LONDON. Tate Liverpool has commissioned the Chinese artist Ai Weiwei to make an ambitious installation for the Liverpool Biennial, opening next September. This will span the width of the historic former dockyard where the gallery is located. The engineering firm Arup is currently conducting a feasibility study for Web of Light which will be concluded by the end of this month.
The work will consist of illuminated crystalline strands suspended from steel cables which stretch across the Albert Dock. A spider made out of crystals will hang in the corner nearest to Tate; the entire installation will weigh over eight tonnes. The gallery will need to raise around £400,000 to realise the work.
Ai Weiwei has already made an installation for Tate Liverpool included in the exhibition “The Real Thing: Contemporary Art from China” earlier this year. Fountain of Light was a two-tonne eight-metre-high steel structure illuminated like a chandelier which floated in the middle of the dock.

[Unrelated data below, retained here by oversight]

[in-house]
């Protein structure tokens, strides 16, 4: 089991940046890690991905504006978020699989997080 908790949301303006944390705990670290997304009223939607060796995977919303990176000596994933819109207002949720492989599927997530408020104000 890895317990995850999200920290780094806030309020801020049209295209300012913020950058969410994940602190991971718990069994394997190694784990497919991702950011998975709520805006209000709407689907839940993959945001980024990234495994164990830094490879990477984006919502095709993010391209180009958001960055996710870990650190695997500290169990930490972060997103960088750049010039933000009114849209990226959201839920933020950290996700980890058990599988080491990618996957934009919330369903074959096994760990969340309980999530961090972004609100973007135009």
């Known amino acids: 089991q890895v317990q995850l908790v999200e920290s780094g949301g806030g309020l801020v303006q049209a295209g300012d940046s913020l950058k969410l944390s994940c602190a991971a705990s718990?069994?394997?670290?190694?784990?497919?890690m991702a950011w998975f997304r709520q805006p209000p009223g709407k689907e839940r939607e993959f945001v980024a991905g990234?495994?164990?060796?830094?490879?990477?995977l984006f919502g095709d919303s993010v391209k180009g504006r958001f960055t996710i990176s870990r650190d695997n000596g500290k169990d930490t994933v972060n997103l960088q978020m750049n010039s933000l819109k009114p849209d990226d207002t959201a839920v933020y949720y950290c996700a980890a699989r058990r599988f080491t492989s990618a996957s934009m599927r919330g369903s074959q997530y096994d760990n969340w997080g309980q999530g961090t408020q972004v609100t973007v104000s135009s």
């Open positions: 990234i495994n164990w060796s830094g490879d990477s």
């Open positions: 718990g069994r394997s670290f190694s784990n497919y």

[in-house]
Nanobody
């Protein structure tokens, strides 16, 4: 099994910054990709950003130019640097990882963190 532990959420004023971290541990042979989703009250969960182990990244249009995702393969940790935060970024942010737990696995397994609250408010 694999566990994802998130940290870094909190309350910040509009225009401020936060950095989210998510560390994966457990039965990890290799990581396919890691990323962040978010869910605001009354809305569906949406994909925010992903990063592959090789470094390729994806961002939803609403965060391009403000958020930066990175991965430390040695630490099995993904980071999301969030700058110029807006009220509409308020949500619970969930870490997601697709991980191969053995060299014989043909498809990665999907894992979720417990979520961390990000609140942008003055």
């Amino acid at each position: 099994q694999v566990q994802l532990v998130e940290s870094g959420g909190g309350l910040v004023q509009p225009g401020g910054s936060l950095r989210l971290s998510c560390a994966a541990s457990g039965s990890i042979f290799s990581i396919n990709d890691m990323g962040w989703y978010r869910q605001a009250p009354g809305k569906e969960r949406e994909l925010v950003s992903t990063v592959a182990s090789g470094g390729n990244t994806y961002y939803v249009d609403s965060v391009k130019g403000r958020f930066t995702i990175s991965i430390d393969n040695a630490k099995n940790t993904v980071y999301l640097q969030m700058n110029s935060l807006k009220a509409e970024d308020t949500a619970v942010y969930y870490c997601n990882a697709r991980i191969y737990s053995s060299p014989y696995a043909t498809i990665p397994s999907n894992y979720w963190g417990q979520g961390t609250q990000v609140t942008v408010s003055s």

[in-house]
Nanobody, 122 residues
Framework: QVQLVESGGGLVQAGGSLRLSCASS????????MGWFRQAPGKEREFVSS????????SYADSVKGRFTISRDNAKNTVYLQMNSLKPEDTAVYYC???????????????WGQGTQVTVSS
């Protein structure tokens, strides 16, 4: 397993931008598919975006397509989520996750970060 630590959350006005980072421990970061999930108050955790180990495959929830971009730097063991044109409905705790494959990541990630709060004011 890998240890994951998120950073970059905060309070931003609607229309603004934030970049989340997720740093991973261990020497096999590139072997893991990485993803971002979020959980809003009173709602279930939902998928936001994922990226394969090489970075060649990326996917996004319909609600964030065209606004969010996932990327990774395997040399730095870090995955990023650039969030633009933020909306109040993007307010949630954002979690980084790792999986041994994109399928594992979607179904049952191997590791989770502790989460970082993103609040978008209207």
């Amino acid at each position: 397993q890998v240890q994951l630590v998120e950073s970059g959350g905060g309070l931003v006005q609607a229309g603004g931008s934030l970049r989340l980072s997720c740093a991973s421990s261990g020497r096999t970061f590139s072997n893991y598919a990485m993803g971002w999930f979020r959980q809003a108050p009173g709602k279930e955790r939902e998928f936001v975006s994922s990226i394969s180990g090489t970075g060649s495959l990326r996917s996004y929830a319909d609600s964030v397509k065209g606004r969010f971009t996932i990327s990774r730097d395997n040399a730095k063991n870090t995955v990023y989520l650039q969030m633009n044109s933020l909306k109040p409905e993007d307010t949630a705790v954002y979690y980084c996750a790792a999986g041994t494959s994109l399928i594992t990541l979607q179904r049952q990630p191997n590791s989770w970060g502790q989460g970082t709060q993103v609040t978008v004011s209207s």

Simon Groom, formerly Head of Exhibitions at Tate Liverpool, now director of the Scottish National Gallery of Modern Art, says: “Ai Weiwei very much liked the architecture of the Albert Dock, as well as the sense of energy in Liverpool which he compared to Beijing. Given the success and popular appeal of the first work, it seemed only natural to want to pursue something of an even more ambitious and spectacular nature, and Web of Light promises to be the ‘must-see’ landmark public work for Capital of Culture. The work is incredibly ambitious, and of a scale to dwarf every other major public commission—but this is what happens when the ambitions of a country like China collide with those of a city like Liverpool!”